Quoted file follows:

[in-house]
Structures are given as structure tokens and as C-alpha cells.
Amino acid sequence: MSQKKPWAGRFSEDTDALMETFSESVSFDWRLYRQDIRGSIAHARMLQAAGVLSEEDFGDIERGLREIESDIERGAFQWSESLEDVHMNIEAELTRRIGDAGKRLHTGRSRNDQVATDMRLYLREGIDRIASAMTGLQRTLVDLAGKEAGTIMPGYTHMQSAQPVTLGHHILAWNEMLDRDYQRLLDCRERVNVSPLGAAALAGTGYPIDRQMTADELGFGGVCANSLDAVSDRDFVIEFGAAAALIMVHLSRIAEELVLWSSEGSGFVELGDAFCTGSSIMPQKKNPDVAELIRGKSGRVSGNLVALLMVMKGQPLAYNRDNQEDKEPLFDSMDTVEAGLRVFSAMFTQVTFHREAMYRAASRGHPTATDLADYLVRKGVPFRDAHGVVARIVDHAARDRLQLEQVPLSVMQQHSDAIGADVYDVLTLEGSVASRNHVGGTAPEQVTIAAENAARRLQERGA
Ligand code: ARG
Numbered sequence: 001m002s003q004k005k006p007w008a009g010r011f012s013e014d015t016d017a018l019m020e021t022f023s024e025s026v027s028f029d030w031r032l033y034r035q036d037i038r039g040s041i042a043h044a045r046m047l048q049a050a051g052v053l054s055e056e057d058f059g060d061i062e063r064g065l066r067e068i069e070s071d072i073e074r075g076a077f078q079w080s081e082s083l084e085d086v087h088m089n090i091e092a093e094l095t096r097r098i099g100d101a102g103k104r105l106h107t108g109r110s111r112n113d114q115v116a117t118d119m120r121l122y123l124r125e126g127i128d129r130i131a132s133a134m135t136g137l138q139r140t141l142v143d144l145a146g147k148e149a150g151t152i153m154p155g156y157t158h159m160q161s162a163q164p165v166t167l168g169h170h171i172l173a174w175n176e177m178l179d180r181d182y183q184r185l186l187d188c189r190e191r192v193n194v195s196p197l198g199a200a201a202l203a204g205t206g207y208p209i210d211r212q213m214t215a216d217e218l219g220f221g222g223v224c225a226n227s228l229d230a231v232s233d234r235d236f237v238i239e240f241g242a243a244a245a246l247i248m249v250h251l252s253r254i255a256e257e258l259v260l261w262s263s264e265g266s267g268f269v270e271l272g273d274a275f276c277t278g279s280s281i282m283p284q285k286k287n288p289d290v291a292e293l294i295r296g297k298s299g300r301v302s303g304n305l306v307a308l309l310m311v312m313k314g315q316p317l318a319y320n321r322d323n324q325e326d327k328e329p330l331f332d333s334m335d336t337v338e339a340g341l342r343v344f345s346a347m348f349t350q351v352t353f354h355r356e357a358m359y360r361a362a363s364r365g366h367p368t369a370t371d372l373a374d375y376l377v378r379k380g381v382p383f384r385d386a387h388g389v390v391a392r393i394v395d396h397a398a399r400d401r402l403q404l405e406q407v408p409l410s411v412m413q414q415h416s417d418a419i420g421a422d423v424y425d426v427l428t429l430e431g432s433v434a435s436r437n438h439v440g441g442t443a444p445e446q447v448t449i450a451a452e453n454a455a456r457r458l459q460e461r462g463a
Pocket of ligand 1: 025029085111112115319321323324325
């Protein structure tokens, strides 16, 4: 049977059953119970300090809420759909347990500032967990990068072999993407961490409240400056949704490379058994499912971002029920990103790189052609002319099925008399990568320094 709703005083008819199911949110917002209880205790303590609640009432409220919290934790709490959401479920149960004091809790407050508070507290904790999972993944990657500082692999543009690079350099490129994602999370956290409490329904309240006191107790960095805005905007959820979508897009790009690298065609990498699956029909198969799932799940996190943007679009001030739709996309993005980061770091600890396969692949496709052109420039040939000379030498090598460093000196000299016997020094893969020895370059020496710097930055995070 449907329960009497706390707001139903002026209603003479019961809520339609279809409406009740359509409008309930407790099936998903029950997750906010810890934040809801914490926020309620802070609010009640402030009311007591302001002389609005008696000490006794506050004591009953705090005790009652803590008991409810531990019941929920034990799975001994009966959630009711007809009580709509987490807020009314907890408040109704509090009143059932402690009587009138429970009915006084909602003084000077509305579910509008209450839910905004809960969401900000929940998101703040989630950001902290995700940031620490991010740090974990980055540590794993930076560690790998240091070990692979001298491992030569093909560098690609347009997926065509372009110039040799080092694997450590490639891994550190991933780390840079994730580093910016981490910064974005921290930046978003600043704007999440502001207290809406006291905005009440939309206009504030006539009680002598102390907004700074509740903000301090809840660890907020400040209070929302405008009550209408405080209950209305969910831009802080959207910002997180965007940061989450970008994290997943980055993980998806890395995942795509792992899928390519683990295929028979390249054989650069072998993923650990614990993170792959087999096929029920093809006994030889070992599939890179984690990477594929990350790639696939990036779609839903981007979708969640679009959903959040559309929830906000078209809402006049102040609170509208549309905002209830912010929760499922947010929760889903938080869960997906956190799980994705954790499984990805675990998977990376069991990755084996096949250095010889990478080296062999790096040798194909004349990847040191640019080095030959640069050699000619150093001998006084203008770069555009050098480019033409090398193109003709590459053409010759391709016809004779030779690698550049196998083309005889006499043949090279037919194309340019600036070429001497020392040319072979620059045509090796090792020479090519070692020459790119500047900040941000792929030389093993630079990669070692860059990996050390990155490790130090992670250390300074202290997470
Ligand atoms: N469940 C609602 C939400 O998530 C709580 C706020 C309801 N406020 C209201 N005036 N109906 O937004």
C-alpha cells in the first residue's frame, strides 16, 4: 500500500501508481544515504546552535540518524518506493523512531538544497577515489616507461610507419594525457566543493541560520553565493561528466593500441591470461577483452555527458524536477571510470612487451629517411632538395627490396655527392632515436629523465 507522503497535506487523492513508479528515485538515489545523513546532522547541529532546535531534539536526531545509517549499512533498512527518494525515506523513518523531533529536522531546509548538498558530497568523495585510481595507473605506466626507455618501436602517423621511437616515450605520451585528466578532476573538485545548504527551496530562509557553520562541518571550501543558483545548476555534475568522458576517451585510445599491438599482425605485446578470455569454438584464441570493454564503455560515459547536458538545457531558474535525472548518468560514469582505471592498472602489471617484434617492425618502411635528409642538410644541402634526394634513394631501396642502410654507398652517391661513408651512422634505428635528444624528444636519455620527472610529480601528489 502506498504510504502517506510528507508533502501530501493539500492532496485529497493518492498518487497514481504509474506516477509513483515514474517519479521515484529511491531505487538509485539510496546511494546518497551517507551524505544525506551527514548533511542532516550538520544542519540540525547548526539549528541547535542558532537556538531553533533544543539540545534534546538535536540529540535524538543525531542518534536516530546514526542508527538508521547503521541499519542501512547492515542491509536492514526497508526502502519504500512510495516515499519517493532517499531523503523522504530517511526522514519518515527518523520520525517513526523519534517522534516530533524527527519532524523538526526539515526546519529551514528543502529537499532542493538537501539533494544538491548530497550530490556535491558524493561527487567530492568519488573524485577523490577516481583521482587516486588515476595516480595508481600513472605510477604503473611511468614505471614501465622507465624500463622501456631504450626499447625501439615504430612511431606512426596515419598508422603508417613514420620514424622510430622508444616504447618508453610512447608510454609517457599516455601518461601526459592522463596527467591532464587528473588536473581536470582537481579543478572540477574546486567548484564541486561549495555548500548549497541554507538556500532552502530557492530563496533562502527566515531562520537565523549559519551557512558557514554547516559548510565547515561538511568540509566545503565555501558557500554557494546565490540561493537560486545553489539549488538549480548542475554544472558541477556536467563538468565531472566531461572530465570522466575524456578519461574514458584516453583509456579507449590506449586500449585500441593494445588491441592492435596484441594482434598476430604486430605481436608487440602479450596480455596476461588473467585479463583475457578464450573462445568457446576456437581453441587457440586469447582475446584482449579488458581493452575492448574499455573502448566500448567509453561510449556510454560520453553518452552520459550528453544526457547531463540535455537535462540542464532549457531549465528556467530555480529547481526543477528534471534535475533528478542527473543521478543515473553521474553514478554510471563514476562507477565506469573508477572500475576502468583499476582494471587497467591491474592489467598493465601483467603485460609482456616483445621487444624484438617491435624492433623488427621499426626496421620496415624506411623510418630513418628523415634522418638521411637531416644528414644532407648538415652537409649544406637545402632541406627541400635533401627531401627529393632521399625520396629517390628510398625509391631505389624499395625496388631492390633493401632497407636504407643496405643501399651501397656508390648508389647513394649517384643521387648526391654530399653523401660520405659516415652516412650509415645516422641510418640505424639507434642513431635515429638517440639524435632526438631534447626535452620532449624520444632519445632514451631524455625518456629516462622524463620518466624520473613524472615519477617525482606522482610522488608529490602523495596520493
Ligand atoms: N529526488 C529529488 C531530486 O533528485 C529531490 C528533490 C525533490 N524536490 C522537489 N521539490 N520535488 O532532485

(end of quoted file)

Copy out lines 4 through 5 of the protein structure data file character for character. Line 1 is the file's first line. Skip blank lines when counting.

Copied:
Ligand code: ARG
Numbered sequence: 001m002s003q004k005k006p007w008a009g010r011f012s013e014d015t016d017a018l019m020e021t022f023s024e025s026v027s028f029d030w031r032l033y034r035q036d037i038r039g040s041i042a043h044a045r046m047l048q049a050a051g052v053l054s055e056e057d058f059g060d061i062e063r064g065l066r067e068i069e070s071d072i073e074r075g076a077f078q079w080s081e082s083l084e085d086v087h088m089n090i091e092a093e094l095t096r097r098i099g100d101a102g103k104r105l106h107t108g109r110s111r112n113d114q115v116a117t118d119m120r121l122y123l124r125e126g127i128d129r130i131a132s133a134m135t136g137l138q139r140t141l142v143d144l145a146g147k148e149a150g151t152i153m154p155g156y157t158h159m160q161s162a163q164p165v166t167l168g169h170h171i172l173a174w175n176e177m178l179d180r181d182y183q184r185l186l187d188c189r190e191r192v193n194v195s196p197l198g199a200a201a202l203a204g205t206g207y208p209i210d211r212q213m214t215a216d217e218l219g220f221g222g223v224c225a226n227s228l229d230a231v232s233d234r235d236f237v238i239e240f241g242a243a244a245a246l247i248m249v250h251l252s253r254i255a256e257e258l259v260l261w262s263s264e265g266s267g268f269v270e271l272g273d274a275f276c277t278g279s280s281i282m283p284q285k286k287n288p289d290v291a292e293l294i295r296g297k298s299g300r301v302s303g304n305l306v307a308l309l310m311v312m313k314g315q316p317l318a319y320n321r322d323n324q325e326d327k328e329p330l331f332d333s334m335d336t337v338e339a340g341l342r343v344f345s346a347m348f349t350q351v352t353f354h355r356e357a358m359y360r361a362a363s364r365g366h367p368t369a370t371d372l373a374d375y376l377v378r379k380g381v382p383f384r385d386a387h388g389v390v391a392r393i394v395d396h397a398a399r400d401r402l403q404l405e406q407v408p409l410s411v412m413q414q415h416s417d418a419i420g421a422d423v424y425d426v427l428t429l430e431g432s433v434a435s436r437n438h439v440g441g442t443a444p445e446q447v448t449i450a451a452e453n454a455a456r457r458l459q460e461r462g463a